In a small town in Slovakia’s southwest, Romy Mikušincová grew up dreaming about discovering the origin of the stars and the universe. It was her curiosity, she says, that made her interested in pursuing a career in science – specifically in astrophysics and theoretical physics.
Today, she is living her dream. She studies theoretical physics and astrophysics at the Roma Tre University, where she researches one of the greatest mysteries of astrophysics: black holes. Black holes are created when stars at the end of their life become so dense they collapse in on themselves and even light cannot escape their gravity.
Still, there is much to learn.
“The study of black holes isn’t a time-limited project because we discover new information every day”, she says. “Currently, I’m working on a simulation of black hole surveillance for IXPE (Imaging X-ray Polarimetry Explorer), a satellite that will be launched by the end of 2021”.
“Giving purpose to my free time”
The time and effort required of a theoretical physics student is immense. But even that is not the only thing that keeps Romy busy. Just as her passion for science grew as a teenager, Romy began another journey as a volunteer for the Slovak Red Cross. “Volunteering was interesting mainly because I wanted to help others, and to give purpose to my free time,” she says.
These days, that free time is mostly spent on a new project that addresses the needs of young people by discussing topics that are not often talked about, but which are key social and humanitarian challenges.
“Our main topics are hate-speech, peer pressure, cyberbullying and gender equality,” says Romy, adding that due to Covid-19 restrictions, most of that work today is online.
The study of black holes may seem like light years from the everyday world of young people and volunteering. But to Romy, there is a clear connection. After all, the scientific method of asking questions, investigation and solving complex problems can also be very useful in the human sphere. “It’s a great advantage when someone from a science background enters the volunteering circle with the mindset of dealing with problems until they are solved,” she explains.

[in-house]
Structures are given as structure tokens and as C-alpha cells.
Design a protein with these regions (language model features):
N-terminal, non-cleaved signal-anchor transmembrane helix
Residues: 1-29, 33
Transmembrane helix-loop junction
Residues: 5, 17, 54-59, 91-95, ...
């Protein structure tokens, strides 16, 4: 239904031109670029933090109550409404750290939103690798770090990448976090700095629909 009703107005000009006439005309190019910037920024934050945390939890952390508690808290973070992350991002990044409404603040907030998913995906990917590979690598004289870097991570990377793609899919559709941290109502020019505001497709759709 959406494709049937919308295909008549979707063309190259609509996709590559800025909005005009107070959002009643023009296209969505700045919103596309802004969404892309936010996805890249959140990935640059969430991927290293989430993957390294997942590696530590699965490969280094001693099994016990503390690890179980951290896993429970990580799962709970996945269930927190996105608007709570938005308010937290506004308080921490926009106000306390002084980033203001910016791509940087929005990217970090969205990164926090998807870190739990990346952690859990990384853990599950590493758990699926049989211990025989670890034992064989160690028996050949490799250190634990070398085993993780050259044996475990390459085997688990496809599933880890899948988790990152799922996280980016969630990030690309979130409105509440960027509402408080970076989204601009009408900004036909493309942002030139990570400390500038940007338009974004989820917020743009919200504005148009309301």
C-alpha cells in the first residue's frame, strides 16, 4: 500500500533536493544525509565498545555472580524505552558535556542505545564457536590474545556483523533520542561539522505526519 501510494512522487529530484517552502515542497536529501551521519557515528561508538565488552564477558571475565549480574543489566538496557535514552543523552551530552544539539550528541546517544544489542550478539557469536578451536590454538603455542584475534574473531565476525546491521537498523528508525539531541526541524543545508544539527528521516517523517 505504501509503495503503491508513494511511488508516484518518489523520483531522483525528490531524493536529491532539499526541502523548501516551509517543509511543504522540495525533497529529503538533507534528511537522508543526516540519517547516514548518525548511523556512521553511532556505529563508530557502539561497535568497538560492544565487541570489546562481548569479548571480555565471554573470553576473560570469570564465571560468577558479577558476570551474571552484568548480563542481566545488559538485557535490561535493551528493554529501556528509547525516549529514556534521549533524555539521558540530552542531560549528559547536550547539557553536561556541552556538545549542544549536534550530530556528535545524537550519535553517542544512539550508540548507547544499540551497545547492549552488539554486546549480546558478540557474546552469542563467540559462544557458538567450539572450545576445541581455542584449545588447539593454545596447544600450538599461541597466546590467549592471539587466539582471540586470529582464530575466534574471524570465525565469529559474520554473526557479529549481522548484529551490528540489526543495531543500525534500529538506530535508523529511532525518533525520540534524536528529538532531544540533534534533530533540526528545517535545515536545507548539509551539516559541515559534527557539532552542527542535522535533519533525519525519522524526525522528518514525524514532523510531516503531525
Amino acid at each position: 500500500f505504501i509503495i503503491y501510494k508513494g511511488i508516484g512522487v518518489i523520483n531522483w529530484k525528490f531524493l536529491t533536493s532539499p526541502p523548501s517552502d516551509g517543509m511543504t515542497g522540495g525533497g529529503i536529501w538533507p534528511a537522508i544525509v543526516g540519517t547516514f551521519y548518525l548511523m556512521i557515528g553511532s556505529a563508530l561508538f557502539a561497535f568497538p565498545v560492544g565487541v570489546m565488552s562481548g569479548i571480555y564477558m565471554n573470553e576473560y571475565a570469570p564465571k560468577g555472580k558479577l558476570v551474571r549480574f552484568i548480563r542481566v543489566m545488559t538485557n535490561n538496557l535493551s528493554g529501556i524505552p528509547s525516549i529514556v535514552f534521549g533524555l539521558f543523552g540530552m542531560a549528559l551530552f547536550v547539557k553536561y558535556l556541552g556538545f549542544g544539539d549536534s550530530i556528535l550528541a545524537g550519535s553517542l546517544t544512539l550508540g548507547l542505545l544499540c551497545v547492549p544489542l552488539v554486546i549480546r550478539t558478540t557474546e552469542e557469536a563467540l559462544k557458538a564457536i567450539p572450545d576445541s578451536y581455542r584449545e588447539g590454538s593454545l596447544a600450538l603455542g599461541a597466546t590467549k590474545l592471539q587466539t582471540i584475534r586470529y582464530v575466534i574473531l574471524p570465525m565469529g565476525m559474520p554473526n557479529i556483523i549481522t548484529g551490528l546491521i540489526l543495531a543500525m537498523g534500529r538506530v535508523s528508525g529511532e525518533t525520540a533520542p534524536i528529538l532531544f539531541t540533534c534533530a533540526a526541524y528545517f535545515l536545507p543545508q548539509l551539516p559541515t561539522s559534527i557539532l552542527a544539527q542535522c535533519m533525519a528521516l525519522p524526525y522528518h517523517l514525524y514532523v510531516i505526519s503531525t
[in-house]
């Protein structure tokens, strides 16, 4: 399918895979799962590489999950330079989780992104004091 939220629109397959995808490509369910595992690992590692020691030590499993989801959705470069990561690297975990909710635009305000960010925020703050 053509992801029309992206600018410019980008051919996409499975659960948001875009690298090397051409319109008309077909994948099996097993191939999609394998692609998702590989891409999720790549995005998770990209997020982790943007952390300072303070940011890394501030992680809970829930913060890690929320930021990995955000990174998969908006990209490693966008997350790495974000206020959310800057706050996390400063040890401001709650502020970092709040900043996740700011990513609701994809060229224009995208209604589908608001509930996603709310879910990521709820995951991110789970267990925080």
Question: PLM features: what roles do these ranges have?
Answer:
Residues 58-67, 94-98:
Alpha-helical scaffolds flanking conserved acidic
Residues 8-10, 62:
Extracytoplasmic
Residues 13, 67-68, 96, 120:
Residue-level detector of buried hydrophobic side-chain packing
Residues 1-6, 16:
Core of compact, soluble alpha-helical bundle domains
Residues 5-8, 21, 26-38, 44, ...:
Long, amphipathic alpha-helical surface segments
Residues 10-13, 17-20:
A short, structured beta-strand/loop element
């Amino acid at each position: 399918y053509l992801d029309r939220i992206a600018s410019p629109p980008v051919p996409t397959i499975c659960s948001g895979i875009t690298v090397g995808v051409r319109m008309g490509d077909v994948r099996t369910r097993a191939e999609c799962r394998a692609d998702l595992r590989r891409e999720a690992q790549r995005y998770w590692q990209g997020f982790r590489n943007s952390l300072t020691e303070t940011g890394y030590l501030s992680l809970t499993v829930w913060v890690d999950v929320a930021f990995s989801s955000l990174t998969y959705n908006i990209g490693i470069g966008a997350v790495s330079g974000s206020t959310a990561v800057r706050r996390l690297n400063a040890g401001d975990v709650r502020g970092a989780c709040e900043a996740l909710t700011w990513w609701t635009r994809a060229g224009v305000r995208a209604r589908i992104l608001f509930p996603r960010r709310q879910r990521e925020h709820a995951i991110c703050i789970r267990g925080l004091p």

Photo: RCRC Magazine
Accomplishing great things
This dual path of science and humanitarian concern is not new to Romy. Milan Holota, the director at Romy’s secondary school, said her preference for science-related subjects was clear early on, as was her desire to make the world around her a better place.
“Her favourite (subjects) were the natural science classes, and she was exceptional in her extracurriculars,” he said, referring to her after-school work with the Red Cross, where she became one of its most active members.
But she did not do all of this on her own. She recalls that the support of two women – her mother and her secondary school physics teacher – were essential to her pursuit of a career in science and research.
This kind of support can be essential for young women and girls interested in science. For many, such a path is blocked by cultural attitudes that steer girls away from male-dominated topics such as mathematics and science.
According to the UNESCO Institute for Statistics (UIS), there is a clear gender gap in the science field – only 30 per cent of the world’s researchers are women. It was even less in Romy’s class at university. At the beginning of her university studies, only a fourth of the students were women.
“I think it is mainly because girls are not encouraged to pick careers in natural science,” she says. “I want to tell all women and girls to build strong relationships with each other, to stop belittling one another and to help one another because I think that’s how we accomplish truly great things”.